The State of Michigan is divided into two large sections: the familiar, mitten-shaped "lower peninsula" and the more remote and less visited "upper peninsula." Since 1957, the two have been joined by the Mackinac Bridge, the ninth longest span in the world (and the third longest in the U.S.). The bridge allows drivers to easily cross the Straits of Mackinac (where the Great Lake's Lake Huron and Lake Michigan meet) from Mackinaw City on the lower peninsula to St. Ignace on the upper peninsula.
Mackinaw City (some places are spelled "Mackinaw" and others "Mackinac") is a popular tourist destination during the summer (I think it has more fudge shops per-capita than any other place I've been). From Mackinaw City visitors can take a ferry across to nearby Mackinac Island, a popular resort area where even today cars are not permitted.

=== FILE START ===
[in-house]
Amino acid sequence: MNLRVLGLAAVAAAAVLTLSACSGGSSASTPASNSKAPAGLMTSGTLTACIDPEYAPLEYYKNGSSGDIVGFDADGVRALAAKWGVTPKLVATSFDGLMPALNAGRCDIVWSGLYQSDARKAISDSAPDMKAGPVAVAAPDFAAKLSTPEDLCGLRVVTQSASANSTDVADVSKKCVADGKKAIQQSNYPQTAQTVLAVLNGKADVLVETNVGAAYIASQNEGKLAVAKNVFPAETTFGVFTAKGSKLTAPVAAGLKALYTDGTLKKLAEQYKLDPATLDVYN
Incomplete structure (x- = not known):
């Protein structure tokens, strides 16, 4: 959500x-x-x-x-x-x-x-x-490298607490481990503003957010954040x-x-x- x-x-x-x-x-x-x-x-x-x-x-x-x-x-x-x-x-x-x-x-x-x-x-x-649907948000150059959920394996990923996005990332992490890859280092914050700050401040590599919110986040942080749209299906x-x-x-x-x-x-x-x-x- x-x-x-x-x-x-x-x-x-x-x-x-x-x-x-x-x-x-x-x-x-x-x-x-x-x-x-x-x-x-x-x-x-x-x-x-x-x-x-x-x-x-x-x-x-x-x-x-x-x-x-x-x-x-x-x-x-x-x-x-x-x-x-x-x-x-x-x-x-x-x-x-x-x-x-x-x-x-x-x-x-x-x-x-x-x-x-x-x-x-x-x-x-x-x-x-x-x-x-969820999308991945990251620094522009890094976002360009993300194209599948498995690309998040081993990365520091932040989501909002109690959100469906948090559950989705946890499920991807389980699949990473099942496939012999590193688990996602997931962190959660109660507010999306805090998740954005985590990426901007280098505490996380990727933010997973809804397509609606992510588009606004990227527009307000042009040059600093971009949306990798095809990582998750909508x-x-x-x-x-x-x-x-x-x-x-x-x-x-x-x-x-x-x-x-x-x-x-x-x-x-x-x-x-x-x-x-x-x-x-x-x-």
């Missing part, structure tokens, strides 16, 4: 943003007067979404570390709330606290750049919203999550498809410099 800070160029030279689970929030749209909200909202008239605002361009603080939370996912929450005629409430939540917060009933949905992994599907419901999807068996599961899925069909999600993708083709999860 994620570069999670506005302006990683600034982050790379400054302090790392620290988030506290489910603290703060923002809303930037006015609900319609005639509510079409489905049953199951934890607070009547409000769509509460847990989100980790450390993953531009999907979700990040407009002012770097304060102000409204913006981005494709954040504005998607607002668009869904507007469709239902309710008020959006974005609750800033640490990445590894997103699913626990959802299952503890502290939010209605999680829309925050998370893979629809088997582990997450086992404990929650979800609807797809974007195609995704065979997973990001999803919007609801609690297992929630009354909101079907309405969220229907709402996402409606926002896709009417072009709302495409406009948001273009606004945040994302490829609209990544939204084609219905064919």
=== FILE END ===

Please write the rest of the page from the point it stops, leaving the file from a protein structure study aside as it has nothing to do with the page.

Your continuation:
While Michigan's lower peninsula became heavily industrialized (and home to the U.S. automobile industry), the upper peninsula has remained largely a thickly-forested wilderness area, where the main businesses are recreational tourism, timber and mining.
A 2003 drive up the eastern coast of Michigan offered views of Lake Huron, Mackinaw City and a chance to drive over the Mackinac Bridge to the upper peninsula.